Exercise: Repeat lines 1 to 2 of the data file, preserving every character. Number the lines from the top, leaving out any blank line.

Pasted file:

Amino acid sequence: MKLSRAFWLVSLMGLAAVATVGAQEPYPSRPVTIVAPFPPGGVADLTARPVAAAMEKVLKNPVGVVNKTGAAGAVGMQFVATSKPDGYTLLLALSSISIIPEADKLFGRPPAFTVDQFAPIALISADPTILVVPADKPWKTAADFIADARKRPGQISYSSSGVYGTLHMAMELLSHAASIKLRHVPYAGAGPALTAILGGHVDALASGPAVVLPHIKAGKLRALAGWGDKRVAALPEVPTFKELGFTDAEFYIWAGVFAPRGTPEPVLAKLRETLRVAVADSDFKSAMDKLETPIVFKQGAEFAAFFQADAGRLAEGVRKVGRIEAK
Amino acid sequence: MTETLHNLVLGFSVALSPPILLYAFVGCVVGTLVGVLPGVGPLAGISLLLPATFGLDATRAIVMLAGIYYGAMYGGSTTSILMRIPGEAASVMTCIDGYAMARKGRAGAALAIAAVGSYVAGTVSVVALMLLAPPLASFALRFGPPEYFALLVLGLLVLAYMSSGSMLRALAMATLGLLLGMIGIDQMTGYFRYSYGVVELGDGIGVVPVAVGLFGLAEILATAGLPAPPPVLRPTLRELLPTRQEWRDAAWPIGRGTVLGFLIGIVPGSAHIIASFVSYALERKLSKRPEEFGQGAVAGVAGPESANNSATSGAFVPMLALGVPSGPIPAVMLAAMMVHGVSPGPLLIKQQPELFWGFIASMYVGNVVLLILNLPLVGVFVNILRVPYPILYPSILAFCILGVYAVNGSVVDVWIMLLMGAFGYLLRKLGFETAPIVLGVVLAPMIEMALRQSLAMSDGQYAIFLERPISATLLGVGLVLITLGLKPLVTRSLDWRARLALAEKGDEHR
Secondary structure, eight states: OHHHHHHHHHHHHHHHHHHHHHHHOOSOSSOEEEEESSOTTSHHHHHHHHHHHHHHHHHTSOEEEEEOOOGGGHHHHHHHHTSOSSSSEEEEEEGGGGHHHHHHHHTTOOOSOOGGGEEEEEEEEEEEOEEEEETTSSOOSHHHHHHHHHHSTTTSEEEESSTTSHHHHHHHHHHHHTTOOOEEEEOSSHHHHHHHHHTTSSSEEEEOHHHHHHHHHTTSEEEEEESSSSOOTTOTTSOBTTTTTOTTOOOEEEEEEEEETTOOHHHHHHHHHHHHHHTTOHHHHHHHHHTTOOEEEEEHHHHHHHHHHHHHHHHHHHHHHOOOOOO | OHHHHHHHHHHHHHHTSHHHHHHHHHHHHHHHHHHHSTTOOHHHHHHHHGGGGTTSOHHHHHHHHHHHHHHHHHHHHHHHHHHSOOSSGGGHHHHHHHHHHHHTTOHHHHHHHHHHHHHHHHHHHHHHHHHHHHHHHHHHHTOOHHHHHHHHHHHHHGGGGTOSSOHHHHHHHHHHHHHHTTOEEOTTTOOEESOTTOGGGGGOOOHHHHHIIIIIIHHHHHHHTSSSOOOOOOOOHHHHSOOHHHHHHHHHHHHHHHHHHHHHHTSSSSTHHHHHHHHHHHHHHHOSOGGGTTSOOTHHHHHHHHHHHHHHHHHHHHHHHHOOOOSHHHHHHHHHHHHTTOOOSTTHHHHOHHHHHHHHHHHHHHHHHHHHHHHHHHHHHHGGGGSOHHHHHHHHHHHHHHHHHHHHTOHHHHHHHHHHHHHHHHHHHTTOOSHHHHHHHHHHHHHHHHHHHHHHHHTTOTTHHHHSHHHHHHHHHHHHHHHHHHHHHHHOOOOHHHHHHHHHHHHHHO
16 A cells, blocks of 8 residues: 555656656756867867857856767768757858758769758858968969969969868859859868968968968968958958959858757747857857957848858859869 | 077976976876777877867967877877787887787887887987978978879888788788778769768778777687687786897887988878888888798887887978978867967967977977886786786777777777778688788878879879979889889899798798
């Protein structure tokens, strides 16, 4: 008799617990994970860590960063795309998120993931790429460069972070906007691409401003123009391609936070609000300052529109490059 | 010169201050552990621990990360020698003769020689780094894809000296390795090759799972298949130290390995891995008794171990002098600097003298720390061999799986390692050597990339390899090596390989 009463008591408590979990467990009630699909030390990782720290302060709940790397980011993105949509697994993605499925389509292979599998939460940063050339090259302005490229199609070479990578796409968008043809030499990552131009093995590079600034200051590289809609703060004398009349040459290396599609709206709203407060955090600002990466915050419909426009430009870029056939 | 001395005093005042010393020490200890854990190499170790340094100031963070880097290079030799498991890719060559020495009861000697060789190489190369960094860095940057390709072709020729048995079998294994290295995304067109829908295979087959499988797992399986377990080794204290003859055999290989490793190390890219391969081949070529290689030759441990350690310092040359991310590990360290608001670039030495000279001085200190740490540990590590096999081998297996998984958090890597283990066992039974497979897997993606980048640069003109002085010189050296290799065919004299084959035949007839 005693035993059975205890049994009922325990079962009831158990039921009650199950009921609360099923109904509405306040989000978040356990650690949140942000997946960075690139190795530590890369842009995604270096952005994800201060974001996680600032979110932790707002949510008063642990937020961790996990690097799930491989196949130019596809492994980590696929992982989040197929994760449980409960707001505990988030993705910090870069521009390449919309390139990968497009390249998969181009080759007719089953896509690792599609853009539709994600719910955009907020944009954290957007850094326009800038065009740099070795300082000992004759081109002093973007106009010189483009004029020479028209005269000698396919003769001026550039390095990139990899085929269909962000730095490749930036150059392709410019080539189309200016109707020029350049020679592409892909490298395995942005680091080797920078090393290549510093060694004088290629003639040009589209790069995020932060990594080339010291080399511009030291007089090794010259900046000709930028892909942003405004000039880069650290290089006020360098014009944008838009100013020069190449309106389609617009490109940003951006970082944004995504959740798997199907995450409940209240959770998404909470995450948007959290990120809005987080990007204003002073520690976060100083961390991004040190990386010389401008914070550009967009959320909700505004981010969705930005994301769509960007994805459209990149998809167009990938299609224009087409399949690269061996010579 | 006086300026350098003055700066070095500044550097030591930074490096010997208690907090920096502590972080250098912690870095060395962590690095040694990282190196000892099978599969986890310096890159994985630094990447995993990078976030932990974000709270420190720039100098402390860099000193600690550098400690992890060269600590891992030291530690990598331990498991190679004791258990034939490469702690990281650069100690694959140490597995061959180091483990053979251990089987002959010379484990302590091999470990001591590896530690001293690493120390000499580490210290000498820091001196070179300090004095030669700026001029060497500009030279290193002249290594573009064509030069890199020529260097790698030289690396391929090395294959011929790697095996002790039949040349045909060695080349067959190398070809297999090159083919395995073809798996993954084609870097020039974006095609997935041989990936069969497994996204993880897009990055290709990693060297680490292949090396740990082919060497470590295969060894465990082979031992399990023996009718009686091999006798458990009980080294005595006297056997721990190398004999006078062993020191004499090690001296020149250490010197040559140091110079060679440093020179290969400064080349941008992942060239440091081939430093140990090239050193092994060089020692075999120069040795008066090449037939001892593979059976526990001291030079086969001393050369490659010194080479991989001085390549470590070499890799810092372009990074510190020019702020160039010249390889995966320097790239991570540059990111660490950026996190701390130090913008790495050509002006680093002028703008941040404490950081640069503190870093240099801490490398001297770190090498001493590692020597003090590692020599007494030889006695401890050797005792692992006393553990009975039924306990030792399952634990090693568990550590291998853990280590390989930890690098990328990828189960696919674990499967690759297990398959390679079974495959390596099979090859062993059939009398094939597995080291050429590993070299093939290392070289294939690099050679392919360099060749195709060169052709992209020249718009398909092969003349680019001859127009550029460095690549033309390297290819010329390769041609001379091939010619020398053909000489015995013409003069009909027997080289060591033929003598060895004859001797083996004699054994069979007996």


Amino acid sequence: MKLSRAFWLVSLMGLAAVATVGAQEPYPSRPVTIVAPFPPGGVADLTARPVAAAMEKVLKNPVGVVNKTGAAGAVGMQFVATSKPDGYTLLLALSSISIIPEADKLFGRPPAFTVDQFAPIALISADPTILVVPADKPWKTAADFIADARKRPGQISYSSSGVYGTLHMAMELLSHAASIKLRHVPYAGAGPALTAILGGHVDALASGPAVVLPHIKAGKLRALAGWGDKRVAALPEVPTFKELGFTDAEFYIWAGVFAPRGTPEPVLAKLRETLRVAVADSDFKSAMDKLETPIVFKQGAEFAAFFQADAGRLAEGVRKVGRIEAK
Amino acid sequence: MTETLHNLVLGFSVALSPPILLYAFVGCVVGTLVGVLPGVGPLAGISLLLPATFGLDATRAIVMLAGIYYGAMYGGSTTSILMRIPGEAASVMTCIDGYAMARKGRAGAALAIAAVGSYVAGTVSVVALMLLAPPLASFALRFGPPEYFALLVLGLLVLAYMSSGSMLRALAMATLGLLLGMIGIDQMTGYFRYSYGVVELGDGIGVVPVAVGLFGLAEILATAGLPAPPPVLRPTLRELLPTRQEWRDAAWPIGRGTVLGFLIGIVPGSAHIIASFVSYALERKLSKRPEEFGQGAVAGVAGPESANNSATSGAFVPMLALGVPSGPIPAVMLAAMMVHGVSPGPLLIKQQPELFWGFIASMYVGNVVLLILNLPLVGVFVNILRVPYPILYPSILAFCILGVYAVNGSVVDVWIMLLMGAFGYLLRKLGFETAPIVLGVVLAPMIEMALRQSLAMSDGQYAIFLERPISATLLGVGLVLITLGLKPLVTRSLDWRARLALAEKGDEHR